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Champions Meet Celebrates Joy Of Competition


The first ever Prince George Champions track meet took place on a sun-drenched Tuesday last week. Students from fifth to twelfth grade came out to help or compete with other schools in a wide range of track events such as the 50, and 100 meter dash, long jump, and a softball throw.

The meet was an event held as a part of Champions, an organization that gives special education children and regular education children an opportunity to compete together in all kinds of sports. Lee Davis and Patrick Henry High school came out to compete with each other and PGHS.

Prince George is one of twenty schools that are a part of Champions in Virginia. Prince George has been a participant in Champions for two years now and so far, they have competed in basketball, bowling, and swimming.

The lead coordinator of Prince George’s participation in Champions is CTE teacher Anne Roberts.

“We’ve got a lot of folks here having a good time,” said Roberts. “Champions embodies what our school is about – regular ed and Special Olympic athletes competing together and supporting each other. Our Special Olympic Buddies’ club goes to the sporting events – bowling, basketball, swimming and track – and cheer and support our Olympic athletes. This track event allowed all of our members to participate.”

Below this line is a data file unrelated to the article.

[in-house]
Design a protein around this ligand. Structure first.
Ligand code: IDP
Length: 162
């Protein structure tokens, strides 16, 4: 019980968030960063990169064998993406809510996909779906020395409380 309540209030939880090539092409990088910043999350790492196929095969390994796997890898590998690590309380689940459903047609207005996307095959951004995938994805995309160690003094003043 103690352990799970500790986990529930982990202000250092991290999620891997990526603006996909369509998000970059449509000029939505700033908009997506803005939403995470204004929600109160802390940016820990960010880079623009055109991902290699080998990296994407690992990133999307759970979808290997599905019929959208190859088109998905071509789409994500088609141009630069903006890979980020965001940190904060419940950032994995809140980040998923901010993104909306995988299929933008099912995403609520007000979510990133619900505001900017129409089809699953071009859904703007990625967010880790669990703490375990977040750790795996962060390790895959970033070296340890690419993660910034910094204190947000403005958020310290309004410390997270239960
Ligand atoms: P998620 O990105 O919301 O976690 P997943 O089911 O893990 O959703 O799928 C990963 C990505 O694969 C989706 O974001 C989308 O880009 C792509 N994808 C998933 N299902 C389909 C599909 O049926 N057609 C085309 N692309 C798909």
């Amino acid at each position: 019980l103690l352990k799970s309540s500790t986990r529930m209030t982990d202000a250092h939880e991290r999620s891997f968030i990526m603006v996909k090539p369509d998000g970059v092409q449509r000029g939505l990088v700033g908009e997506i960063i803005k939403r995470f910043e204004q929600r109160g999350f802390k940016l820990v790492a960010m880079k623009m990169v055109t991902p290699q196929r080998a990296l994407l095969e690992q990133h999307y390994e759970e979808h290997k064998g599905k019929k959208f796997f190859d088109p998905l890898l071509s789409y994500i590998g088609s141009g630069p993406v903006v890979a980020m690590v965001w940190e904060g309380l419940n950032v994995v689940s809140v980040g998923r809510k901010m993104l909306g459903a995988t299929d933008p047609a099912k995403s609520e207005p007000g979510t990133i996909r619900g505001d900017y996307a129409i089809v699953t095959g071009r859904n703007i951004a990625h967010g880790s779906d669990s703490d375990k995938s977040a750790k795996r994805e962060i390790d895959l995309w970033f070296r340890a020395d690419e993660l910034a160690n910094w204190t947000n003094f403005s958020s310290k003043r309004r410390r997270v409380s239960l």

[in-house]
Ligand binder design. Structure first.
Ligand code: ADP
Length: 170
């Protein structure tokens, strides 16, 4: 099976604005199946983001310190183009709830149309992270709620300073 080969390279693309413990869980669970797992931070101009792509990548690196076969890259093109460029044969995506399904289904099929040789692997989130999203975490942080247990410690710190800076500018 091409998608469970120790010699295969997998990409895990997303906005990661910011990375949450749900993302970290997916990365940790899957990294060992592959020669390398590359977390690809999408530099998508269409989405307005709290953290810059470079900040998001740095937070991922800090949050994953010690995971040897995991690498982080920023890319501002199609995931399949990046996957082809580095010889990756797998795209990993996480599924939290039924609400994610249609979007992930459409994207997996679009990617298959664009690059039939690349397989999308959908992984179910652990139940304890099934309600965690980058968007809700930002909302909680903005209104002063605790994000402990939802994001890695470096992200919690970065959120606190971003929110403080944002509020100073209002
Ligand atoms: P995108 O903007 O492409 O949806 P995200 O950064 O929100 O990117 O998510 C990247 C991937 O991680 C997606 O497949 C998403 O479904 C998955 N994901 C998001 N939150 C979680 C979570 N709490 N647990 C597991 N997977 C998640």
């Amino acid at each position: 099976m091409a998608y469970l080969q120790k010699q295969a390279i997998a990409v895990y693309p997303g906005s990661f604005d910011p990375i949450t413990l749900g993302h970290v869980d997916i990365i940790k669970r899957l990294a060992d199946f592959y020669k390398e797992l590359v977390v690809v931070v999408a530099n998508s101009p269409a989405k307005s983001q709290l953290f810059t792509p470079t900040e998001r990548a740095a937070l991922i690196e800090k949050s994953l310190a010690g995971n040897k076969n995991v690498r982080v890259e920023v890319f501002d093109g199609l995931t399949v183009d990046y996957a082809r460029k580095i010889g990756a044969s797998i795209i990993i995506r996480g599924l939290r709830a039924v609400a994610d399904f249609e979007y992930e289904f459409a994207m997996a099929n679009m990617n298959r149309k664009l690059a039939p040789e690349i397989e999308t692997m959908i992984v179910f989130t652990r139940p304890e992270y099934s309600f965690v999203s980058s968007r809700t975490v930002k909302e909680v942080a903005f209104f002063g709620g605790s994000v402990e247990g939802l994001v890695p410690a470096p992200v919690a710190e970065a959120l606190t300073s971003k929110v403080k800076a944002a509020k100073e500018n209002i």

This organization and this event is an experience that participants will never forget. It brings students of many ages and types of education together to compete with each other instead of against. It’s friendly competition and teaches a worthwhile lesson.

“My ‘takeaway’ of the day was watching an athlete continue to run as fast as she could, even though everyone else had finished,” Roberts said. “She was a winner – she finished the race. And everyone cheered just as loudly for her as they did for the ‘winner’.”

Photos by Cierra Ashley, Ayjah Johnson, and Taylar Bauschatz.

Everyone that came out to participate was a part of something that accepted and included everyone of different circumstances and aspects of life. Champions represents the idea that anyone, no matter his/her type of education or whether or not he/she lives with a disability, is capable of anything as long as one puts forth effort.

“When we realize that our life race is the same way then we become a winner as well,” Roberts said, “We continue to compete until we finish the race. Champions shows us all that we can compete and win every day of our lives.”

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